Prized for their privacy benefits and their facility for accessing geo-restricted content, VPNs are becoming a day-to-day online tool for many internet users. In this guide, we discuss how marketers can use a VPN to help with their work.
We’ll talk about:
- What is a VPN?
- How marketers can use VPNs to enhance security, access geo-restricted content and more
- How to adapt marketing practices to factor in users with VPNs
First, let’s cover the basics of VPNs.
What is a VPN?
A virtual private network (VPN) is a secure online connection between a device such as a computer or smartphone, and a network hosted by a VPN provider. When the device is connected to the hosted network, it can use the network to securely access websites and other online services. Furthermore, the VPN uses encryption to shield the user’s activity from their internet service provider and government.
From the perspective of the websites visited by the VPN user, it appears as if the visit has come from the IP address of the hosted network, rather than the IP address of the user’s device. This allows the user to mask their true identity, and potentially also to spoof their location.
How do I set up a VPN?
VPNs are available as desktop applications, mobile apps and browser extensions. Often, all three of these implementations are sold as a single VPN service. A VPN connection can be established by installing VPN software onto a device, and then selecting a hosted network to connect to. Popular VPN providers include NordVPN and Surfshark.
Are VPNs legal?
The legal status of VPNs varies between jurisdictions. In most places – including the UK, EU and US – VPNs are allowed by law, and are increasingly popular with mainstream users. However, VPNs are illegal in countries such as Iraq, Belarus and North Korea, and their use is heavily restricted in other territories including China, Russia, Turkey and the UAE.
Why do people use VPNs?
The key user benefits of VPNs are security, privacy, and improved access to geo-restricted content. A VPN can make a person more secure by shielding their activity from potentially malicious users on shared public internet connections, as well as from authorities such as repressive governments; it can improve privacy by weakening the link between a person’s online activity and their online footprint; and it can open up access to geo-restricted content by allowing the user’s device to access online services via a hosted network with an IP address in a different country.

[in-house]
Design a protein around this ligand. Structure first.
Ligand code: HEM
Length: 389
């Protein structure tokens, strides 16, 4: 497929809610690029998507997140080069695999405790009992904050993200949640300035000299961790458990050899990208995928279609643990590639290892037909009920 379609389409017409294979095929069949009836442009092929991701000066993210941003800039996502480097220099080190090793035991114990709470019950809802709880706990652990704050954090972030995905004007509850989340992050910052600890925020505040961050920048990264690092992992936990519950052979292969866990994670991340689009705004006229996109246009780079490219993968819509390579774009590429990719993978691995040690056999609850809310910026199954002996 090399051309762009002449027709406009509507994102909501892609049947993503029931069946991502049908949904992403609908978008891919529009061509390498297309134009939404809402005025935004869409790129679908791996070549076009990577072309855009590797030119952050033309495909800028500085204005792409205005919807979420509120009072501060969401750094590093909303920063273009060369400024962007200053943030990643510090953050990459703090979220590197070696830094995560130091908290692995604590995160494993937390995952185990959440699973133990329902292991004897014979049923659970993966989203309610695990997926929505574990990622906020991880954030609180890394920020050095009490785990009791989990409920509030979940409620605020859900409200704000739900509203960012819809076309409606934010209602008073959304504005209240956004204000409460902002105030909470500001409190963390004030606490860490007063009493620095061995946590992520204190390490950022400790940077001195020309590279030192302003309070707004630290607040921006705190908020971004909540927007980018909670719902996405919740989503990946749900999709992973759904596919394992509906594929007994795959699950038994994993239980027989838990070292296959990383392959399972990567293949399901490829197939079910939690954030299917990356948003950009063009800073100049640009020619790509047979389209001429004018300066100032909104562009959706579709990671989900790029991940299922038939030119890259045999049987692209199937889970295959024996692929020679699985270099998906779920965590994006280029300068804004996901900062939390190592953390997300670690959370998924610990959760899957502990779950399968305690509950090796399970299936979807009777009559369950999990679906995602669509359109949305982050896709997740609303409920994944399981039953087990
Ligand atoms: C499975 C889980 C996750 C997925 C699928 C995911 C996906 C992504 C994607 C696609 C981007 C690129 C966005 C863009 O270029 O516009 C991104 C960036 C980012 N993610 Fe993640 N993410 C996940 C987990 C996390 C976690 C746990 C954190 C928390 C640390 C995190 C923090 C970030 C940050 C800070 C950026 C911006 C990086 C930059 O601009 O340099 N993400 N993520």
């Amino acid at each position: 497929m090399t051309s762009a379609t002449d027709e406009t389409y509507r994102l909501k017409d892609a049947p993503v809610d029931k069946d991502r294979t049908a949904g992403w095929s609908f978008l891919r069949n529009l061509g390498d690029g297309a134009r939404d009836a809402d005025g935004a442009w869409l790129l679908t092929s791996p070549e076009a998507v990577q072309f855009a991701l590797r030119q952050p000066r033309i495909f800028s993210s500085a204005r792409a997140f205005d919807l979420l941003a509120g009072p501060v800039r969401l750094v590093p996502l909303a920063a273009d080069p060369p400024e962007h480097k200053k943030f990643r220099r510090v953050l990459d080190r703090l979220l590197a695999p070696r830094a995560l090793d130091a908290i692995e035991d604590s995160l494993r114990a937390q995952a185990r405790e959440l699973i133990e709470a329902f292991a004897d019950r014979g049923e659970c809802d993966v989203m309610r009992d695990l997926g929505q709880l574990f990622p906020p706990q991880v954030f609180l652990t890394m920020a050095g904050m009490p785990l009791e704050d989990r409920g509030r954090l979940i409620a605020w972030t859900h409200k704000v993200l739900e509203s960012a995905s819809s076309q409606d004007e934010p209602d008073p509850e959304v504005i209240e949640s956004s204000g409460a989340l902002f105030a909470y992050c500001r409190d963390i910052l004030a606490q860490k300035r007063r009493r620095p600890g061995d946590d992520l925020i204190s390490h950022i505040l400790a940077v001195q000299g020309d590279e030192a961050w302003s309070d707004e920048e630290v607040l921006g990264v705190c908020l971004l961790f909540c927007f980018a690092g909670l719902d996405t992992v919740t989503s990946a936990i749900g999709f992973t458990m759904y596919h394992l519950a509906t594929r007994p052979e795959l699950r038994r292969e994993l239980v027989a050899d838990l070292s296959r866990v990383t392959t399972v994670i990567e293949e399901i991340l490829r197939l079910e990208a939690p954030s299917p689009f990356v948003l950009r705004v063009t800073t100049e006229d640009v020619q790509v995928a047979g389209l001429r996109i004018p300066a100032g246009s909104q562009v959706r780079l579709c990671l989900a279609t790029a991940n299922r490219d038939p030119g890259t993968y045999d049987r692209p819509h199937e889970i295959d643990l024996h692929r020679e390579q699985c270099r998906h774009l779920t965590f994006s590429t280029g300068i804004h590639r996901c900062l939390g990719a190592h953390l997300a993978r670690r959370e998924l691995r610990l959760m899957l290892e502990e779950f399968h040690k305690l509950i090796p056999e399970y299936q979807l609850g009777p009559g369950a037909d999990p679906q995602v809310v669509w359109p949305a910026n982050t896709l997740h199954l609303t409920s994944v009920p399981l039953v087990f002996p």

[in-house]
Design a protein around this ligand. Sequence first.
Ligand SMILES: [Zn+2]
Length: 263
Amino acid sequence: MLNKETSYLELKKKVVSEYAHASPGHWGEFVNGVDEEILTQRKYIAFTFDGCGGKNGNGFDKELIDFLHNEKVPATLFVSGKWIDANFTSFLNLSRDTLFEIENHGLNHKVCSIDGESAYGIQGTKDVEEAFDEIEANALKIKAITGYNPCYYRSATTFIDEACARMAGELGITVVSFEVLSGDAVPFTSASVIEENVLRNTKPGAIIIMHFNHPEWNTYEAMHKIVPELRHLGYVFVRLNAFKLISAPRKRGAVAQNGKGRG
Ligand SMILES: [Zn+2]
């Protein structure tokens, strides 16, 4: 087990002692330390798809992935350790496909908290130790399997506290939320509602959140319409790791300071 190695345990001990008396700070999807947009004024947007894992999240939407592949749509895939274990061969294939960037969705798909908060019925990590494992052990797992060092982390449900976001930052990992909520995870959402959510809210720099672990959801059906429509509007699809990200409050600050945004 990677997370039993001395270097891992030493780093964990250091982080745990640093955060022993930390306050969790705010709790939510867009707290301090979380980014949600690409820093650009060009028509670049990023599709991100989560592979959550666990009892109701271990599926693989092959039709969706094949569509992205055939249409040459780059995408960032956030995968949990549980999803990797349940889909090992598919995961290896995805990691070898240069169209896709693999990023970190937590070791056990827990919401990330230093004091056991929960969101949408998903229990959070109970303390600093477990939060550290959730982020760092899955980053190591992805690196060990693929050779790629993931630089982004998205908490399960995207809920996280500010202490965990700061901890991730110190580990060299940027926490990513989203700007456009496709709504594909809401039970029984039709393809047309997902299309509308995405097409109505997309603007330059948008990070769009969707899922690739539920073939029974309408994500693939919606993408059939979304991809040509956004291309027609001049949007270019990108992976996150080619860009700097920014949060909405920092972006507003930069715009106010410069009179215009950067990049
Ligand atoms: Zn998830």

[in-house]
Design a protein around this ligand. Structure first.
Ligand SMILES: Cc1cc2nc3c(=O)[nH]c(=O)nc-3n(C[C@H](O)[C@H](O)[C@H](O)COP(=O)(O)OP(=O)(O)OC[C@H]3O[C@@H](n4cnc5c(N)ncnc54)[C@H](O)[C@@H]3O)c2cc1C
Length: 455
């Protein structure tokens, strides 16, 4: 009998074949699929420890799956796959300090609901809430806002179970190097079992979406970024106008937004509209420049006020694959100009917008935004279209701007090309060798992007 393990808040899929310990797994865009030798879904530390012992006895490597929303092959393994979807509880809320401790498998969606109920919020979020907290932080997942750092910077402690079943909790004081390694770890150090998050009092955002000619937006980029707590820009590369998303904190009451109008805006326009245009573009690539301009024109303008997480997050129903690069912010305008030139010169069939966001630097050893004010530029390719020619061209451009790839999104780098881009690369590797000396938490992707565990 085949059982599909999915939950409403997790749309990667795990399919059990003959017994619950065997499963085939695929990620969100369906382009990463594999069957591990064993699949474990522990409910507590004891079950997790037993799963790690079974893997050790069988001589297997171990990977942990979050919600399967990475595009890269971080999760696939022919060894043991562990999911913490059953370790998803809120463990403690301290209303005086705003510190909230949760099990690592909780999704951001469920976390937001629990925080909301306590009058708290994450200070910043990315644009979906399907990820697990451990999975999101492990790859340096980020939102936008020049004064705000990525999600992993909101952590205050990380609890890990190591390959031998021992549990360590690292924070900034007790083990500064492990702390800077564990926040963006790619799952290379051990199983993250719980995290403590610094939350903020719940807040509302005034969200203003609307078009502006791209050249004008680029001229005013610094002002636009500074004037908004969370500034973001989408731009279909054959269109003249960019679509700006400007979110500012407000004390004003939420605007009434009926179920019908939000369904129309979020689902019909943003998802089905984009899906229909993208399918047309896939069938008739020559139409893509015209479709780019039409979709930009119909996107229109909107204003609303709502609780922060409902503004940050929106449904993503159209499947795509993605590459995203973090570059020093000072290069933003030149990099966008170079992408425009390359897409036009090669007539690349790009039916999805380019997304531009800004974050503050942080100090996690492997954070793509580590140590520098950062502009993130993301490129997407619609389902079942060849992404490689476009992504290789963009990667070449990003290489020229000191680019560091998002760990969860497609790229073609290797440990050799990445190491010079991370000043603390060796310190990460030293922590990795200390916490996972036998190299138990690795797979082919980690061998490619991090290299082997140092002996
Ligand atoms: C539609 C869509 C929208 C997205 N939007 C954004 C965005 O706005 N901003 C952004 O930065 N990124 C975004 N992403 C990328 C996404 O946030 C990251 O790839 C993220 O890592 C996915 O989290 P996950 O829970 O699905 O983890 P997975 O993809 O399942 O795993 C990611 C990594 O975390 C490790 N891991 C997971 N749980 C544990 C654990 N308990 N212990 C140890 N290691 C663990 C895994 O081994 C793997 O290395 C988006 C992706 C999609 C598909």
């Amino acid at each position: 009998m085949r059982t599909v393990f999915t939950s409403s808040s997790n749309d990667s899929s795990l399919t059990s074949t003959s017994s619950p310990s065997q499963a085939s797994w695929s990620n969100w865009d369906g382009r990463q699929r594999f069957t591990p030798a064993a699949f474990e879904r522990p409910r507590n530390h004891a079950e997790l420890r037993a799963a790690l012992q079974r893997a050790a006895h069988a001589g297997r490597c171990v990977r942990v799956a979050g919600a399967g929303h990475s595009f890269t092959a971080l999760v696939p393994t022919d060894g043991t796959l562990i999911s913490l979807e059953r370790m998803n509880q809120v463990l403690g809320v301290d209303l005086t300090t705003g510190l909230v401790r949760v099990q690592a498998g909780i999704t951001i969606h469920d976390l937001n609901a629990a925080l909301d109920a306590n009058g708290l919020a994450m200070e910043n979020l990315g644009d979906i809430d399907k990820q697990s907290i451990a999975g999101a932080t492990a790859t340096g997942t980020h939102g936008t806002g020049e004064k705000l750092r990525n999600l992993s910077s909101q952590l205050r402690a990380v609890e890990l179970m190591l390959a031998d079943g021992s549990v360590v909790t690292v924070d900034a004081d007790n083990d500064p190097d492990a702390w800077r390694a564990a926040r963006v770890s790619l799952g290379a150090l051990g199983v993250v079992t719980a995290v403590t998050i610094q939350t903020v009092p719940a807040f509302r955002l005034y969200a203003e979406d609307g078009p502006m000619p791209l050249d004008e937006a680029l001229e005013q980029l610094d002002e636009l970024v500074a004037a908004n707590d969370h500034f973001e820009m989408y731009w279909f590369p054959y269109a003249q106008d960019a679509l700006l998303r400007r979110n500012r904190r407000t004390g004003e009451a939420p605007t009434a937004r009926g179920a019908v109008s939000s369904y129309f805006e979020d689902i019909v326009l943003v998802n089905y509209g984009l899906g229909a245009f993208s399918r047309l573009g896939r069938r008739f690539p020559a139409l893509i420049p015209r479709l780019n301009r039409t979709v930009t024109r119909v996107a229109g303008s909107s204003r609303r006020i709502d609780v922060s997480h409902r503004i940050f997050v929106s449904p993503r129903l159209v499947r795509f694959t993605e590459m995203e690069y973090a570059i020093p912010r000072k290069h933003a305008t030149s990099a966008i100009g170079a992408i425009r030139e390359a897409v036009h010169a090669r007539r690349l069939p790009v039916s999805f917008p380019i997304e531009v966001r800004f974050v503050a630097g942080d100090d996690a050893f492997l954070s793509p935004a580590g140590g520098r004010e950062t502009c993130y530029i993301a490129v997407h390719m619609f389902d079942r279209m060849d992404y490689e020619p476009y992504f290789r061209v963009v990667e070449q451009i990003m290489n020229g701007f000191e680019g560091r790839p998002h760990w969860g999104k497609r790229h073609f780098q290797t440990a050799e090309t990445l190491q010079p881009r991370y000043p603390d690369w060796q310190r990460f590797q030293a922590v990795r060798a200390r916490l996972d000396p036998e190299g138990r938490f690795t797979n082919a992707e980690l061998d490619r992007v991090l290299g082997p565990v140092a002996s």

4 ways a VPN can help with marketing
1. Access location-restricted content
How often have you clicked on a thumbnail, pressed play on an embedded video, or tried to access an online service, only to receive a message that says the content is not available in your location? If you’re anything like us, it happens to you quite often.
With a VPN, you can get around geographic restrictions on online content and services by accessing the content via an overseas hosted network.
Let’s say you’re browsing the web on a computer in the UK, and you’re trying to access content on a Swedish website which is geo-restricted to Swedish visitors. Using a VPN service, you could route your internet connection through a hosted network in Sweden, so that the Swedish website would think you’re in Sweden. Provided that the website doesn’t have strong anti-VPN measures in place, you would likely be able to access the geo-restricted content. This may sound a little complicated, but it would only take a few clicks.
A good VPN service can connect you to hosted networks all over the world. That’s an empowering option to have, given that the benefits of accessing location-restricted content can apply to numerous marketing contexts, from content marketing research to international competitor analysis.
2. Pay less for certain products and services